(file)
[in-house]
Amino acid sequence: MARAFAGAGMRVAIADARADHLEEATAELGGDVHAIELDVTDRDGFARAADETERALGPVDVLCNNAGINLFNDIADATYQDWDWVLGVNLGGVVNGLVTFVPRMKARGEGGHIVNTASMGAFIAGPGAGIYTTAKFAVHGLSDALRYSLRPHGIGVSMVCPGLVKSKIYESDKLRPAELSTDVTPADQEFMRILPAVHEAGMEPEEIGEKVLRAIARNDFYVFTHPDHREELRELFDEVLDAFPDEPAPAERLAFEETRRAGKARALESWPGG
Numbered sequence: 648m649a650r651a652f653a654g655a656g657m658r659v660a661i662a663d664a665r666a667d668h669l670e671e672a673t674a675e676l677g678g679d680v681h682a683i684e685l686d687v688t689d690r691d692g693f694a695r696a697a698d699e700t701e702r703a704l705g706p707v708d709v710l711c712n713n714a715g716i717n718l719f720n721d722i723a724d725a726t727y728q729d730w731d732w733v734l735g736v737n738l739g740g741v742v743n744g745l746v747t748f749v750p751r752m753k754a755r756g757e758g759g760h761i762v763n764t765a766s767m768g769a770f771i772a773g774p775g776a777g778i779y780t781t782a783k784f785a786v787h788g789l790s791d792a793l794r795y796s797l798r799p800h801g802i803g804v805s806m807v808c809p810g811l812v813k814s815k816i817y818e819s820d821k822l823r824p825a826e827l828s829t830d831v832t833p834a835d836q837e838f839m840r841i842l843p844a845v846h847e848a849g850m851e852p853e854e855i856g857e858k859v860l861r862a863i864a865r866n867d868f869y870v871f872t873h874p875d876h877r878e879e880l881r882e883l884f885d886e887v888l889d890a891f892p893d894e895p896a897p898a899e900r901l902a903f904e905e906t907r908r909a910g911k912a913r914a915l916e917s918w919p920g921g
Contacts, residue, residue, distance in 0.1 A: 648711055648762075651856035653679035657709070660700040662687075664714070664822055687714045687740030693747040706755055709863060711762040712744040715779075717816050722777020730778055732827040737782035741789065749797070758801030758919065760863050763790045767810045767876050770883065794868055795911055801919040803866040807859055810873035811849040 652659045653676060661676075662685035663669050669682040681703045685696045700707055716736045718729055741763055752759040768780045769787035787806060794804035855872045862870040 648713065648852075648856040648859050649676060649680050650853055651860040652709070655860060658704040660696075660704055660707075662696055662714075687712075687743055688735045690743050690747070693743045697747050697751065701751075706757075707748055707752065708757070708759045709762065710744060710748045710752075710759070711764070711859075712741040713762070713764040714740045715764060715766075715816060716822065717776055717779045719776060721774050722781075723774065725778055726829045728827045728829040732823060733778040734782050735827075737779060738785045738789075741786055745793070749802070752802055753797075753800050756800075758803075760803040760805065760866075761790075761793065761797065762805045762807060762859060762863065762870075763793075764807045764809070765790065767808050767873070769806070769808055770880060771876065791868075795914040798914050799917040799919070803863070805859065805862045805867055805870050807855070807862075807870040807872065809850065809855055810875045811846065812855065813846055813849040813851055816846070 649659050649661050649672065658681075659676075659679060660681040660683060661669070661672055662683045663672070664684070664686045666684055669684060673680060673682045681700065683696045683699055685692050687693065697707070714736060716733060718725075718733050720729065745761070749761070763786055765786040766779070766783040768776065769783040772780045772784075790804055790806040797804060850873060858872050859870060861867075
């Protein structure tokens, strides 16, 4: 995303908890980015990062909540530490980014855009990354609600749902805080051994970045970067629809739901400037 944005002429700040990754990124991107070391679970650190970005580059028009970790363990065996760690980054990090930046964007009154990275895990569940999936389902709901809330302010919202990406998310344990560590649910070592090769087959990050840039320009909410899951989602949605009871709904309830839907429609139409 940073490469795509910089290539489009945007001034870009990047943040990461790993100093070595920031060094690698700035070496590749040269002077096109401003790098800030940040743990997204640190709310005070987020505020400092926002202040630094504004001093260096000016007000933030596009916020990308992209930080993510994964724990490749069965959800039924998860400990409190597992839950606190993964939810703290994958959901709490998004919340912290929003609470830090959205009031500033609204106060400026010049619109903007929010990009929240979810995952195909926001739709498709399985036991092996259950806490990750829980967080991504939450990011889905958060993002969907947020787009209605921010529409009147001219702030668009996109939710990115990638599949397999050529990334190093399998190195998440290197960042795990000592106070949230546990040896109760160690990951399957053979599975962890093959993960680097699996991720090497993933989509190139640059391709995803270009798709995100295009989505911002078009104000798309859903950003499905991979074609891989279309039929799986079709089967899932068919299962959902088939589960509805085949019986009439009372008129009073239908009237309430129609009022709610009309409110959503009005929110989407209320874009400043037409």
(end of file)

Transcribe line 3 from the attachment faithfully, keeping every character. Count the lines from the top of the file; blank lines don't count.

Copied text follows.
Numbered sequence: 648m649a650r651a652f653a654g655a656g657m658r659v660a661i662a663d664a665r666a667d668h669l670e671e672a673t674a675e676l677g678g679d680v681h682a683i684e685l686d687v688t689d690r691d692g693f694a695r696a697a698d699e700t701e702r703a704l705g706p707v708d709v710l711c712n713n714a715g716i717n718l719f720n721d722i723a724d725a726t727y728q729d730w731d732w733v734l735g736v737n738l739g740g741v742v743n744g745l746v747t748f749v750p751r752m753k754a755r756g757e758g759g760h761i762v763n764t765a766s767m768g769a770f771i772a773g774p775g776a777g778i779y780t781t782a783k784f785a786v787h788g789l790s791d792a793l794r795y796s797l798r799p800h801g802i803g804v805s806m807v808c809p810g811l812v813k814s815k816i817y818e819s820d821k822l823r824p825a826e827l828s829t830d831v832t833p834a835d836q837e838f839m840r841i842l843p844a845v846h847e848a849g850m851e852p853e854e855i856g857e858k859v860l861r862a863i864a865r866n867d868f869y870v871f872t873h874p875d876h877r878e879e880l881r882e883l884f885d886e887v888l889d890a891f892p893d894e895p896a897p898a899e900r901l902a903f904e905e906t907r908r909a910g911k912a913r914a915l916e917s918w919p920g921g